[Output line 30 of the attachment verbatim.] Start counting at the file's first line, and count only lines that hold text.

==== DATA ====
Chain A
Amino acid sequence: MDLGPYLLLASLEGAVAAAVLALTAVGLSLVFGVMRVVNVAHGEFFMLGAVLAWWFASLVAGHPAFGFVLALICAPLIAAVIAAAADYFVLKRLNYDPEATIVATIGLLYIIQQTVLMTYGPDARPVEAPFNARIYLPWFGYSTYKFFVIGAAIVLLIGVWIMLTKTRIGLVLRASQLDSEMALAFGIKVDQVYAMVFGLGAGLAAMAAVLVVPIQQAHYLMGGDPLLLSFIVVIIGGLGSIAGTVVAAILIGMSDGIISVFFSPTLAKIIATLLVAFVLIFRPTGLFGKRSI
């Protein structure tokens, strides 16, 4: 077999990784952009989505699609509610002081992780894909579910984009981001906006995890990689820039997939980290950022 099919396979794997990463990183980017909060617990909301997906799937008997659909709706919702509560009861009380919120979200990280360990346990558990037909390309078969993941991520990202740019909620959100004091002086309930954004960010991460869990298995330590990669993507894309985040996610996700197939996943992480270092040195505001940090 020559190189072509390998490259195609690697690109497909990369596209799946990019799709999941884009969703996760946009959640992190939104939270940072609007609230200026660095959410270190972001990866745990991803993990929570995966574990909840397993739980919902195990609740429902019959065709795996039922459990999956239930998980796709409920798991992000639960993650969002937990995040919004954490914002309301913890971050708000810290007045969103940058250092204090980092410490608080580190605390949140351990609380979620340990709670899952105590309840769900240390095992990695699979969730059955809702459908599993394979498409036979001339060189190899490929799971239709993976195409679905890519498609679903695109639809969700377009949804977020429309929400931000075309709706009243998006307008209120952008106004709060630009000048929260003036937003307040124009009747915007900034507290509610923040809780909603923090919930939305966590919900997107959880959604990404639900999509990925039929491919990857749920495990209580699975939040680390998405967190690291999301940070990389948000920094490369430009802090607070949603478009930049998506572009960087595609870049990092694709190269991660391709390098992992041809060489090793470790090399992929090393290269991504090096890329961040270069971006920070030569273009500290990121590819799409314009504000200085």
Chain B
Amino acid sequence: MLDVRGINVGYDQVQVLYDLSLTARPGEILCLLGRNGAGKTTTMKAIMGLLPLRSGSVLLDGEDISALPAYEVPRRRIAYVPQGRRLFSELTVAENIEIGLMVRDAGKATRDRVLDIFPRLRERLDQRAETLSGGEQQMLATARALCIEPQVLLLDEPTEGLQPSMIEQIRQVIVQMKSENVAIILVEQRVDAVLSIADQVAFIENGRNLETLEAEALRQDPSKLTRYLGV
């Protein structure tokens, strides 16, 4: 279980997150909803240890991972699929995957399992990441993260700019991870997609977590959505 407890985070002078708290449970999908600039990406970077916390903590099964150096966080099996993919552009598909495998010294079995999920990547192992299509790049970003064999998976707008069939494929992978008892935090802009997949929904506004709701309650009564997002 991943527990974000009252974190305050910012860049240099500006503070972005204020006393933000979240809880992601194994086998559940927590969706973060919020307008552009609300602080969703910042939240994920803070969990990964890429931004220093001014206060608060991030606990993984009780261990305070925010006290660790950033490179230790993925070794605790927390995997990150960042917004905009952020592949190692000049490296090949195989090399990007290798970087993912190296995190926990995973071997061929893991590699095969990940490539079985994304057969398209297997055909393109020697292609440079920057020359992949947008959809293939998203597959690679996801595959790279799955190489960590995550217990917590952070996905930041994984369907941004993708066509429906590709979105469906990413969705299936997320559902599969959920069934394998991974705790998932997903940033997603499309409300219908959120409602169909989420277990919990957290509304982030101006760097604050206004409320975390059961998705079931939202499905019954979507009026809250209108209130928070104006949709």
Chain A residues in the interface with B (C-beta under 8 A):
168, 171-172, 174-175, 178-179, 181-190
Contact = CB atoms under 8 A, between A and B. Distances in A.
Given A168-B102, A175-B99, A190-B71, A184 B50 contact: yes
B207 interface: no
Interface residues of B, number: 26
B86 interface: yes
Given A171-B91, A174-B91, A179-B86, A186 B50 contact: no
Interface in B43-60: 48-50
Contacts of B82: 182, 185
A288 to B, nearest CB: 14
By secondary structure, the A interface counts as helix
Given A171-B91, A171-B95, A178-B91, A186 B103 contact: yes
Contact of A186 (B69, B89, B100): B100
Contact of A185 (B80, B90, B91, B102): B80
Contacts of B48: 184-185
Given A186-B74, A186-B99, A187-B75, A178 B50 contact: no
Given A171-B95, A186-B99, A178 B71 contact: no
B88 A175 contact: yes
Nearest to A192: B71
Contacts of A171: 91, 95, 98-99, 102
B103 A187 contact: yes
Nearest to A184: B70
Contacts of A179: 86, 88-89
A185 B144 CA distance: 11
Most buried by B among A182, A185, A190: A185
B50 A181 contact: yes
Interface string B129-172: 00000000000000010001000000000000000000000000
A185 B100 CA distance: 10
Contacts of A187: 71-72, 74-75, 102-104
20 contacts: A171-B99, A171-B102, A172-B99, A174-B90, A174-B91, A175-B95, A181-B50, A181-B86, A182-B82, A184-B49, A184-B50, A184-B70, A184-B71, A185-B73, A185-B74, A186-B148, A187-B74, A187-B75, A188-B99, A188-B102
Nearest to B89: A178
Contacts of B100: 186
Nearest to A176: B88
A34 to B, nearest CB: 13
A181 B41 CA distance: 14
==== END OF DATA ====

Contacts of A179: 86, 88-89